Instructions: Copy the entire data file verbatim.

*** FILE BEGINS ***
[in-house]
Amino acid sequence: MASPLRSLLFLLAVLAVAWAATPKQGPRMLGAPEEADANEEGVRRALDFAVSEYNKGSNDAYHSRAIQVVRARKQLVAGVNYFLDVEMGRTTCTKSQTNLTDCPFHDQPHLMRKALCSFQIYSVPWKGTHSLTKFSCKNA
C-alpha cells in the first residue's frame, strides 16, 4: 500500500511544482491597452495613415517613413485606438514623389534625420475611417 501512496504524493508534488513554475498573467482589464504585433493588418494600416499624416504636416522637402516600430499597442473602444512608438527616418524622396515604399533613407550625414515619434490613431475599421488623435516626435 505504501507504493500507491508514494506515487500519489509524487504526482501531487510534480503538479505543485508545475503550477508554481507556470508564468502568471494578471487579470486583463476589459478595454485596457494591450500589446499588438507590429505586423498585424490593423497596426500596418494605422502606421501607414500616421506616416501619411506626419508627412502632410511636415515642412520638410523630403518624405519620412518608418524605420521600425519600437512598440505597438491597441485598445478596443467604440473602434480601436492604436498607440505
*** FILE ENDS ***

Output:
[in-house]
Amino acid sequence: MASPLRSLLFLLAVLAVAWAATPKQGPRMLGAPEEADANEEGVRRALDFAVSEYNKGSNDAYHSRAIQVVRARKQLVAGVNYFLDVEMGRTTCTKSQTNLTDCPFHDQPHLMRKALCSFQIYSVPWKGTHSLTKFSCKNA
C-alpha cells in the first residue's frame, strides 16, 4: 500500500511544482491597452495613415517613413485606438514623389534625420475611417 501512496504524493508534488513554475498573467482589464504585433493588418494600416499624416504636416522637402516600430499597442473602444512608438527616418524622396515604399533613407550625414515619434490613431475599421488623435516626435 505504501507504493500507491508514494506515487500519489509524487504526482501531487510534480503538479505543485508545475503550477508554481507556470508564468502568471494578471487579470486583463476589459478595454485596457494591450500589446499588438507590429505586423498585424490593423497596426500596418494605422502606421501607414500616421506616416501619411506626419508627412502632410511636415515642412520638410523630403518624405519620412518608418524605420521600425519600437512598440505597438491597441485598445478596443467604440473602434480601436492604436498607440505